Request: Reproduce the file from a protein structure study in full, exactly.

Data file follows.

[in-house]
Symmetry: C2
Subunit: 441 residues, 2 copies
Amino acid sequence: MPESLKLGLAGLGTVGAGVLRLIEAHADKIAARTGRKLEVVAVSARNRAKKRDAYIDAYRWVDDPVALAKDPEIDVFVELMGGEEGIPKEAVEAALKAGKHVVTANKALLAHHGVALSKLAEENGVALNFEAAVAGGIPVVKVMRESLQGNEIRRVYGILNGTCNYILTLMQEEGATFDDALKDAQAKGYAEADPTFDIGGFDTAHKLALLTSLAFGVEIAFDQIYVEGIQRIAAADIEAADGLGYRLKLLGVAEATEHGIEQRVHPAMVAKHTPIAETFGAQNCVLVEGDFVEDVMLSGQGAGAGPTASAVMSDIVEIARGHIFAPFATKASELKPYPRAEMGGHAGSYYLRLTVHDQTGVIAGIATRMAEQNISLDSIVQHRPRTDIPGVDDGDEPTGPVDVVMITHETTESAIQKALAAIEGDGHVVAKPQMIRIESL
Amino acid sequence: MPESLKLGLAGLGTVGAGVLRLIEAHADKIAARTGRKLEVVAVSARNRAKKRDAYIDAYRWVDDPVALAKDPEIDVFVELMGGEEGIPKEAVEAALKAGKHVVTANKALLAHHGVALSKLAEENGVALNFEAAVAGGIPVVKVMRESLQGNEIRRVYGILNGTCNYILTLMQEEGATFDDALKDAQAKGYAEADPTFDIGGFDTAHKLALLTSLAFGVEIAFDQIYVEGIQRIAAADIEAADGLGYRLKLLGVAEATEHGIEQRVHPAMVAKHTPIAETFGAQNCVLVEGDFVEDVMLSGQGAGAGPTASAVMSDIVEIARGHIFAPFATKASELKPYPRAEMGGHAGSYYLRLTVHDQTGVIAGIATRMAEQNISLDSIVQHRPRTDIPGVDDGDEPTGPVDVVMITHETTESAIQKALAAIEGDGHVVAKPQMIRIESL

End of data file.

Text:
[in-house]
Symmetry: C2
Subunit: 441 residues, 2 copies
Amino acid sequence: MPESLKLGLAGLGTVGAGVLRLIEAHADKIAARTGRKLEVVAVSARNRAKKRDAYIDAYRWVDDPVALAKDPEIDVFVELMGGEEGIPKEAVEAALKAGKHVVTANKALLAHHGVALSKLAEENGVALNFEAAVAGGIPVVKVMRESLQGNEIRRVYGILNGTCNYILTLMQEEGATFDDALKDAQAKGYAEADPTFDIGGFDTAHKLALLTSLAFGVEIAFDQIYVEGIQRIAAADIEAADGLGYRLKLLGVAEATEHGIEQRVHPAMVAKHTPIAETFGAQNCVLVEGDFVEDVMLSGQGAGAGPTASAVMSDIVEIARGHIFAPFATKASELKPYPRAEMGGHAGSYYLRLTVHDQTGVIAGIATRMAEQNISLDSIVQHRPRTDIPGVDDGDEPTGPVDVVMITHETTESAIQKALAAIEGDGHVVAKPQMIRIESL
Amino acid sequence: MPESLKLGLAGLGTVGAGVLRLIEAHADKIAARTGRKLEVVAVSARNRAKKRDAYIDAYRWVDDPVALAKDPEIDVFVELMGGEEGIPKEAVEAALKAGKHVVTANKALLAHHGVALSKLAEENGVALNFEAAVAGGIPVVKVMRESLQGNEIRRVYGILNGTCNYILTLMQEEGATFDDALKDAQAKGYAEADPTFDIGGFDTAHKLALLTSLAFGVEIAFDQIYVEGIQRIAAADIEAADGLGYRLKLLGVAEATEHGIEQRVHPAMVAKHTPIAETFGAQNCVLVEGDFVEDVMLSGQGAGAGPTASAVMSDIVEIARGHIFAPFATKASELKPYPRAEMGGHAGSYYLRLTVHDQTGVIAGIATRMAEQNISLDSIVQHRPRTDIPGVDDGDEPTGPVDVVMITHETTESAIQKALAAIEGDGHVVAKPQMIRIESL